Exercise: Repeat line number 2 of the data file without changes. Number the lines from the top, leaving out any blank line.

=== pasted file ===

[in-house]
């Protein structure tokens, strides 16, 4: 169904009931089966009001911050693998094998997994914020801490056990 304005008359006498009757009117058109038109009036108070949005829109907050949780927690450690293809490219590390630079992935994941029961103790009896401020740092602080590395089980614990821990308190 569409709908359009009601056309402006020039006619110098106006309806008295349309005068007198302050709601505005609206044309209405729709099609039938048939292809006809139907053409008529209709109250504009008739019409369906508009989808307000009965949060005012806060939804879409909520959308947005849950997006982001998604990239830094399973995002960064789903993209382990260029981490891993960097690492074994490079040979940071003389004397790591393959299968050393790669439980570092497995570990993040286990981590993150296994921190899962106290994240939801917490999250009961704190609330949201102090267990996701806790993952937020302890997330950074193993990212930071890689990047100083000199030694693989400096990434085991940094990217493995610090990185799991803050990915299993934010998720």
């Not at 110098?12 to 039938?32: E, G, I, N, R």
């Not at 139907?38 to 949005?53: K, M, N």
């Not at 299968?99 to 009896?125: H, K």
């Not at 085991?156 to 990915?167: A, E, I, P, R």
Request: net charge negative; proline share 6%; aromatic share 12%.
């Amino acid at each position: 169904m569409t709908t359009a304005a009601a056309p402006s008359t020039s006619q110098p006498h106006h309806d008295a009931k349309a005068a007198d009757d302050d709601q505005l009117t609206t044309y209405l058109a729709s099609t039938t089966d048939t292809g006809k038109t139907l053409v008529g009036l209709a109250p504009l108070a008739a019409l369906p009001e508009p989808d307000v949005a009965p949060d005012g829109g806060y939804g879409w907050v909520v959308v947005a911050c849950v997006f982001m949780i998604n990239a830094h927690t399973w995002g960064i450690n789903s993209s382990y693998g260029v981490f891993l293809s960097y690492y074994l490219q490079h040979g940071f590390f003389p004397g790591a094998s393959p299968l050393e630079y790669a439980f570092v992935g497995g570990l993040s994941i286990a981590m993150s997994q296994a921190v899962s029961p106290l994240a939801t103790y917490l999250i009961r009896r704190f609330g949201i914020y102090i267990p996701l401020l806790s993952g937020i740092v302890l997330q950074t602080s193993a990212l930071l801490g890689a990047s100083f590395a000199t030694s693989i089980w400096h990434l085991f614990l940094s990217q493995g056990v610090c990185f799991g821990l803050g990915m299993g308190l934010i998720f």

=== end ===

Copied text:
């Protein structure tokens, strides 16, 4: 169904009931089966009001911050693998094998997994914020801490056990 304005008359006498009757009117058109038109009036108070949005829109907050949780927690450690293809490219590390630079992935994941029961103790009896401020740092602080590395089980614990821990308190 569409709908359009009601056309402006020039006619110098106006309806008295349309005068007198302050709601505005609206044309209405729709099609039938048939292809006809139907053409008529209709109250504009008739019409369906508009989808307000009965949060005012806060939804879409909520959308947005849950997006982001998604990239830094399973995002960064789903993209382990260029981490891993960097690492074994490079040979940071003389004397790591393959299968050393790669439980570092497995570990993040286990981590993150296994921190899962106290994240939801917490999250009961704190609330949201102090267990996701806790993952937020302890997330950074193993990212930071890689990047100083000199030694693989400096990434085991940094990217493995610090990185799991803050990915299993934010998720």